Babies who are breastfed for a year also may have stronger immune systems and may be less likely to need speech therapy or orthodontic work. Why? The theory is that all that sucking at the breast helps to develop muscles in and around the mouth.

Beyond a year

Feeding recommendations at a year and beyond include breastfeeding on demand and offering other foods five times a day. You may also introduce cow’s milk at this time if you wish to stop offering breast milk, or are looking for a breast milk substitute.

Some older research suggests that longer duration breastfeeding may give kids an edge when it comes to IQ scores and social development. However, more recent research has found that the benefits to IQ may only be temporary.

There are many reasons women decide to supplement feeding with bottles of breast milk or commercial formulas. Breastfeeding doesn’t need to be all-or-nothing. Your baby can still benefit from receiving some breast milk.

When you combine some feeds with breast milk and others with formula, it’s called combination feeding. Some benefits of combination feeding include:

  • skin-to-skin contact with mom for bonding
  • benefit of sucking at breast for oral development
  • exposure to antibodies that help with allergy and disease prevention
  • continued health benefits for mom

Combo feeding can be especially helpful to working moms who don’t wish to pump at work or are otherwise unable to pump. Keep in mind that some babies may “reverse cycle” and nurse more frequently when they’re together with mom.

In different parts of the world, the average weaning age is between 2 and 4 years old. Some children are breastfed until ages 6 or 7 in other cultures.

There aren’t any well-known risks of continuing breastfeeding longer than the first one or two years. There also isn’t compelling evidence to suggest that longer duration of a feeding relationship makes weaning more difficult.

The WHO suggests continuing breastfeeding with complementary foods until the child’s second birthday or beyond. The AAP suggests continuing breastfeeding along with foods until the child’s first birthday, or as long beyond that as mutually desired by mother and baby.

Some signs your baby may be ready to wean include:

  • being over a year old
  • getting more nutrition from solid foods
  • drinking well from a cup
  • gradually cutting down on nursing sessions unprompted
  • resisting nursing sessions

That said, the decision over when to wean is personal. If you’re ready to wean before your child reaches these milestones, don’t worry. You’re doing an amazing job no matter how you continue to feed your baby.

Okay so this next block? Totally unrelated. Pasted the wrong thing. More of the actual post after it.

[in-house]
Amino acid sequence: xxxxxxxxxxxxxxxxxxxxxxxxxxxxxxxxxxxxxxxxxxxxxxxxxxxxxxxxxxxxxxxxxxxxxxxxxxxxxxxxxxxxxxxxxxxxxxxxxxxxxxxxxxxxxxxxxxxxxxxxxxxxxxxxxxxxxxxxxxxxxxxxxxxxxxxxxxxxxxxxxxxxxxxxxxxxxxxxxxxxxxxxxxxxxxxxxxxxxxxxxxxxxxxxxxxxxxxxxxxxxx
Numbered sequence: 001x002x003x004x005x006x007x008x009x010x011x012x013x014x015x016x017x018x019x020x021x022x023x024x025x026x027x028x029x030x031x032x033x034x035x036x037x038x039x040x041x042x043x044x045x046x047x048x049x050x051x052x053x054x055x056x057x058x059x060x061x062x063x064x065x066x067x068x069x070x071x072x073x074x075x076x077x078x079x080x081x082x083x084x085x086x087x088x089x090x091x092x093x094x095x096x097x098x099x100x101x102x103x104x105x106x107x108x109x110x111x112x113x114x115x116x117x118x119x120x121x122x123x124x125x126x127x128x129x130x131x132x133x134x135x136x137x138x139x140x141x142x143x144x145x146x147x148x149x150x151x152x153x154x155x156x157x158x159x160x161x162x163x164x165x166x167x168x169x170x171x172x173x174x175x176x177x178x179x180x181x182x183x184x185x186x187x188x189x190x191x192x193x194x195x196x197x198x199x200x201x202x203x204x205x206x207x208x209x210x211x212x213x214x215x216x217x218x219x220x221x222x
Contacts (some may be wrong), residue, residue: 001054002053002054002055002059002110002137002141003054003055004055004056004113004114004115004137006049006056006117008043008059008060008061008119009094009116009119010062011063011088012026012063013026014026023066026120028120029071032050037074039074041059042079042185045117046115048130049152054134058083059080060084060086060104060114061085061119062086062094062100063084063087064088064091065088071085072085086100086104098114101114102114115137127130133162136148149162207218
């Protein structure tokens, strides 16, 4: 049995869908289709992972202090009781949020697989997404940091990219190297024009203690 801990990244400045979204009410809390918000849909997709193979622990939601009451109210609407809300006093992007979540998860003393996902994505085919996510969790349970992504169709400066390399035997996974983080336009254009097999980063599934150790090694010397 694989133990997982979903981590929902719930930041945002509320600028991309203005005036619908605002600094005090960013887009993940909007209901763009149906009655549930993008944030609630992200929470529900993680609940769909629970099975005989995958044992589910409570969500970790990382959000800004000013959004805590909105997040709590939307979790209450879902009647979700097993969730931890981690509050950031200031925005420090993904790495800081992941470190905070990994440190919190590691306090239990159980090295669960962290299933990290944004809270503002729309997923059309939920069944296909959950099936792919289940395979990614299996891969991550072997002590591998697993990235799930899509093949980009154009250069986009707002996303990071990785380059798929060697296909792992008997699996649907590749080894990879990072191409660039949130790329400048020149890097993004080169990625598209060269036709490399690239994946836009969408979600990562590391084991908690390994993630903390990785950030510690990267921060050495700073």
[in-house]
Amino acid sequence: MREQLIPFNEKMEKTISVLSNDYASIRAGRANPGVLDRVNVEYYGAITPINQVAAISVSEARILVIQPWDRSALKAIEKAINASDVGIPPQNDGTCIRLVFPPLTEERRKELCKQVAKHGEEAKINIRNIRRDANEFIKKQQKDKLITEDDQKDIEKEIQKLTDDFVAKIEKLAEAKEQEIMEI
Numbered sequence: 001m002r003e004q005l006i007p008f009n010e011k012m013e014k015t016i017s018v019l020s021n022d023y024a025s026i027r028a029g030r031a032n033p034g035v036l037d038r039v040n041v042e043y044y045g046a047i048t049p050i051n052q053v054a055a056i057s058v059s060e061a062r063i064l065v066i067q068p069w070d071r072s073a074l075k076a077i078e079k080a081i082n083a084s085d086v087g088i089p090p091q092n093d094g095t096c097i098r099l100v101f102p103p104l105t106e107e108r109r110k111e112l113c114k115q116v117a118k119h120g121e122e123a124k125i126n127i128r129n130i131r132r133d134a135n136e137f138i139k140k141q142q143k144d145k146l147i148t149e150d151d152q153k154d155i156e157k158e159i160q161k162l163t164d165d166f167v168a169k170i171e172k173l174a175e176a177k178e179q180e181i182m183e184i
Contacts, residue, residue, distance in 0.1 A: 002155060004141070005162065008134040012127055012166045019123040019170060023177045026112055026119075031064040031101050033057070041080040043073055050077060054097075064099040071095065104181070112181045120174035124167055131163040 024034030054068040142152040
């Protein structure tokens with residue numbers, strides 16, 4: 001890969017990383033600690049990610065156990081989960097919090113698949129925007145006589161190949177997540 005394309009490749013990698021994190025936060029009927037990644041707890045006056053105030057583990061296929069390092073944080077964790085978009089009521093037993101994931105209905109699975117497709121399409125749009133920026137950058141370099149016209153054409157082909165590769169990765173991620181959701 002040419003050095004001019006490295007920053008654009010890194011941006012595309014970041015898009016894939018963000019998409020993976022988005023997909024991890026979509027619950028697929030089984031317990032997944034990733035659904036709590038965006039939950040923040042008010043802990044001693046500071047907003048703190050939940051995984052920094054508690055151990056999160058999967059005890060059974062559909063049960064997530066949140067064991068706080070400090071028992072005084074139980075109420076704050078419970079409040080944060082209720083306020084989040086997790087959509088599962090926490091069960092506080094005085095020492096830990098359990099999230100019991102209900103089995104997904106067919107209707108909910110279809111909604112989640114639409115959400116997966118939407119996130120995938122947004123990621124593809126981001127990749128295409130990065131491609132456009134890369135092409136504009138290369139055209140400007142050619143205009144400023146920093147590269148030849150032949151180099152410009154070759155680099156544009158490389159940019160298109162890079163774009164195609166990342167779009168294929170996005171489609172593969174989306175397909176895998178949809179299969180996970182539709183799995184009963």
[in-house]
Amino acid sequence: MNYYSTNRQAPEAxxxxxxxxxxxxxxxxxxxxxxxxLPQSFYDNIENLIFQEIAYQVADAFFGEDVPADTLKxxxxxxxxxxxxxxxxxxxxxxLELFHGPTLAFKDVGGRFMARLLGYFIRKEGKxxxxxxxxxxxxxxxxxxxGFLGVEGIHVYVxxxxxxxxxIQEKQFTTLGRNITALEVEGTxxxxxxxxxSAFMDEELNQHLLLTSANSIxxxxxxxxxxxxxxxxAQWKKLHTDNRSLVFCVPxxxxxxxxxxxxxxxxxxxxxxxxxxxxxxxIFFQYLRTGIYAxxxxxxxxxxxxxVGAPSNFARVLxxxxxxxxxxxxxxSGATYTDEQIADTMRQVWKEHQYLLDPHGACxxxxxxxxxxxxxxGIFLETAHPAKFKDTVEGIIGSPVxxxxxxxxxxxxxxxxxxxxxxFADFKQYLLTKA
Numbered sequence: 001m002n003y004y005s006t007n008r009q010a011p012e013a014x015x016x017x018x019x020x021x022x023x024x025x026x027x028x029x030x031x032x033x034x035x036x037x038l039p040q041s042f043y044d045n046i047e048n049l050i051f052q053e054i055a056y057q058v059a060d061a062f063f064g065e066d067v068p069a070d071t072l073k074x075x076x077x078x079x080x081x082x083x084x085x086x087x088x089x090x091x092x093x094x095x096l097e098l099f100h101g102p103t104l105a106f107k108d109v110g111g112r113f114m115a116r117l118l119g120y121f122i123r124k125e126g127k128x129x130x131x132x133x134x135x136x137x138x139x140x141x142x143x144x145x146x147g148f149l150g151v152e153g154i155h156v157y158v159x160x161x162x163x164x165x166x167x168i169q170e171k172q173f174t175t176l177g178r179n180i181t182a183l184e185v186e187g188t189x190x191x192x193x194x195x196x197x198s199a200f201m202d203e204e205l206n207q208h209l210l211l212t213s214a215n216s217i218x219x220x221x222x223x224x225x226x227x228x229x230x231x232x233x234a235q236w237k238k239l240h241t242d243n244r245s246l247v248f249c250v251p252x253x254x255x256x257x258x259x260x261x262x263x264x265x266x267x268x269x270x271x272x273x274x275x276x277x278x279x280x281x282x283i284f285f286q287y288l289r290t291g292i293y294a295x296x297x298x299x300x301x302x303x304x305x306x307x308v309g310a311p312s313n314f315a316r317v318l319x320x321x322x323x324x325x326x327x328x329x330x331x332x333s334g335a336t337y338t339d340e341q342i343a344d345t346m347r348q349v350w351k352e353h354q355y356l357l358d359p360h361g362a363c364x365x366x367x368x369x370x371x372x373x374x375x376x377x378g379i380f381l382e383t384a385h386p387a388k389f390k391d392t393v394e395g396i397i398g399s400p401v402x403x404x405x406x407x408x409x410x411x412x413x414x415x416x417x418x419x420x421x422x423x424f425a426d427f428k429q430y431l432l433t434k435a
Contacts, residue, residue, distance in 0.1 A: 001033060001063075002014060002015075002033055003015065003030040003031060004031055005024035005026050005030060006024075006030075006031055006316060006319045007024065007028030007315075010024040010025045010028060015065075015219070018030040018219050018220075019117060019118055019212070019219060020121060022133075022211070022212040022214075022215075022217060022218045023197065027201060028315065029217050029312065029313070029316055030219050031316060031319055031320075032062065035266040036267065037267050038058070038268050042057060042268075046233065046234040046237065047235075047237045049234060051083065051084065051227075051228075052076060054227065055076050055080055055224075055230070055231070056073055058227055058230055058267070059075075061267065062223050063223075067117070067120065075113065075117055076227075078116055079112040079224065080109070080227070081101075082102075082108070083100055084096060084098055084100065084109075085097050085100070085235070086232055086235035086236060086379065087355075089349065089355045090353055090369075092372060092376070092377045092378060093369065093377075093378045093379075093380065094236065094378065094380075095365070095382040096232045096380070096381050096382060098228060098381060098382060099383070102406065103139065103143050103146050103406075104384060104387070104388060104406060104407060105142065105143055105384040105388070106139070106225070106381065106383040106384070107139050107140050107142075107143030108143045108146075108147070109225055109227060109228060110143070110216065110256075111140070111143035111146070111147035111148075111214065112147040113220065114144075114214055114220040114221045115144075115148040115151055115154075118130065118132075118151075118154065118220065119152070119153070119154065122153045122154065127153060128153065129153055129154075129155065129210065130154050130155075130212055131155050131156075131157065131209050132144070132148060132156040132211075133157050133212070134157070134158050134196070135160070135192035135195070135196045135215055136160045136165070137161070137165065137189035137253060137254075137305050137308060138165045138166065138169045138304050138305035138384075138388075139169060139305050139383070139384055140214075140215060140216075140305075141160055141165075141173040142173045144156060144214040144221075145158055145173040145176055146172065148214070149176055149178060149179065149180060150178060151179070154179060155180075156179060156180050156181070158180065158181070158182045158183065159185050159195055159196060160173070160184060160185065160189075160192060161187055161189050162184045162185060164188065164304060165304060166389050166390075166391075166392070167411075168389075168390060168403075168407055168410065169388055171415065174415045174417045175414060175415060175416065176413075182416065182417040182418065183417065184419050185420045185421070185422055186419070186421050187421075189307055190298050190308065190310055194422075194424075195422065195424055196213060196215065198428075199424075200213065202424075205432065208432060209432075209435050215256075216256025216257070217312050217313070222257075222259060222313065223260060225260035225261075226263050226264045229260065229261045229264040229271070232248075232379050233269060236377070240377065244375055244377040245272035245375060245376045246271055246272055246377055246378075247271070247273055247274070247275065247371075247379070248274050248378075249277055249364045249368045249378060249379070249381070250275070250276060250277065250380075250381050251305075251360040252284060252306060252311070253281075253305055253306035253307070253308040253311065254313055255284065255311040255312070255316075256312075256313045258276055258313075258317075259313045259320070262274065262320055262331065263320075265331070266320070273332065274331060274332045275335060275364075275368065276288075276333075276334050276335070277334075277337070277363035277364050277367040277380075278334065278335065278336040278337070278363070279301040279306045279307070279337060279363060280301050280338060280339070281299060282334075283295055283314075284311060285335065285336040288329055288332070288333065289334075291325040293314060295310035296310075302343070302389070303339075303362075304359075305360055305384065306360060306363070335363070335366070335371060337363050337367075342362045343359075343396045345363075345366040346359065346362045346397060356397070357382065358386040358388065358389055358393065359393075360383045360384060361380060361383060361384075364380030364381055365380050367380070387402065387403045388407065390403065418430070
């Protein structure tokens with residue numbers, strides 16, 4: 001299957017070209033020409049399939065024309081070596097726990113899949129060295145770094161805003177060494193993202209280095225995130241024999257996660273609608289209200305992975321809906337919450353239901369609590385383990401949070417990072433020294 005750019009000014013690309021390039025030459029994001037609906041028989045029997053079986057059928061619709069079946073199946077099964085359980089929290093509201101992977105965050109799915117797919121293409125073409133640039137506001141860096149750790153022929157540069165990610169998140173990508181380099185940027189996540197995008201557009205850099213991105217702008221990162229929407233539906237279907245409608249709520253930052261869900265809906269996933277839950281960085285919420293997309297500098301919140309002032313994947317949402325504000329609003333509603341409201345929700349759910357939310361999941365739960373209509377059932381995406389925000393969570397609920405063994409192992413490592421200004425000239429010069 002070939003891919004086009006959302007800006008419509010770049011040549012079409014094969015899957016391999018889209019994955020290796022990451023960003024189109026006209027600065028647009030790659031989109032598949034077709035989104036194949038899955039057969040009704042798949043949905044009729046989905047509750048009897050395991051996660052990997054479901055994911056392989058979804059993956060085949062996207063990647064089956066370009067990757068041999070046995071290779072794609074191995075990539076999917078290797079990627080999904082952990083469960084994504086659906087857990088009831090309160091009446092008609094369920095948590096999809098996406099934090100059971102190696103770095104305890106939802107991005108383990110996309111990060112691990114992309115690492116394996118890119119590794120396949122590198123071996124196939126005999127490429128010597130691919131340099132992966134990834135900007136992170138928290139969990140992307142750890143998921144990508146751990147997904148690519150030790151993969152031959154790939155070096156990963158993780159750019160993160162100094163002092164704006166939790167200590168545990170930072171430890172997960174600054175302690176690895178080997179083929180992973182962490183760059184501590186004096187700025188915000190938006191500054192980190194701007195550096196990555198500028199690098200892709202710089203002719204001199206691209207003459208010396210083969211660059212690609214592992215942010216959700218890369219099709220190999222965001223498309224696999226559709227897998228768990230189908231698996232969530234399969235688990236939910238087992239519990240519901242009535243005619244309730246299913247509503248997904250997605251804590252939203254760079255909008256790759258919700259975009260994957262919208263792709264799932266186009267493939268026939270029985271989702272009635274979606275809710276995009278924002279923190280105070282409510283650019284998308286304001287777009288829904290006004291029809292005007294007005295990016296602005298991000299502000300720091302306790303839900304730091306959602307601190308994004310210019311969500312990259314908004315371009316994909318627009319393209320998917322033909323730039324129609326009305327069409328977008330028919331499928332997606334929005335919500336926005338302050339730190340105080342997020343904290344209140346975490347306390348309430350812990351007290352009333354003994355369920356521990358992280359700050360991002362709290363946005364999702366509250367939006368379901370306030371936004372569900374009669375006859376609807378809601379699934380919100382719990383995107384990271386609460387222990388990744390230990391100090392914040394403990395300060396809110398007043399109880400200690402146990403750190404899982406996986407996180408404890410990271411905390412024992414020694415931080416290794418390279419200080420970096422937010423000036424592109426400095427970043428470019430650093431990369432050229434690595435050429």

How to wean

Weaning begins with the baby’s introduction to table foods, so you may already be on your way without realizing it. Actively dropping breastfeeding feeds is the next step in the process once meals are better established.

Some tips:

  • Taper off versus going cold turkey to help your supply lessen without engorgement issues. Try dropping only one feed every one or two weeks, for example.
  • Start by dropping midday feeds. The first and last feedings of the day are generally more difficult to stop for baby and because of engorgement.
  • Change up your routine around usual feeding times. For example, avoid sitting in familiar nursing spots.
  • Offer expressed breast milk in a cup or bottle. Your child will still get the benefits of breast milk, just from a different source.
  • Relieve discomfort by applying cold compresses or even cabbage leaves to your breasts.

If you sense resistance or if your child wants to nurse, breastfeed them. The process might not be linear, and you can always try again tomorrow. In the meantime, work on methods of distraction with meals, toys, or stuffed animals, and other activities. And be sure to offer your little one lots of close contact and cuddles during the transition.

Ultimately, how long you breastfeed is up to you and your baby. There are benefits if you breastfeed only a few days, and others that continue for years for both mother and child. You and your baby can also benefit from combination feedings, or supplementing breast milk with other food sources, like formula or solids.

Trust yourself and try your best not to worry what others think of your personal decisions. If you need support with feeding issues or other questions, consider reaching out to your doctor or a lactation specialist in your area.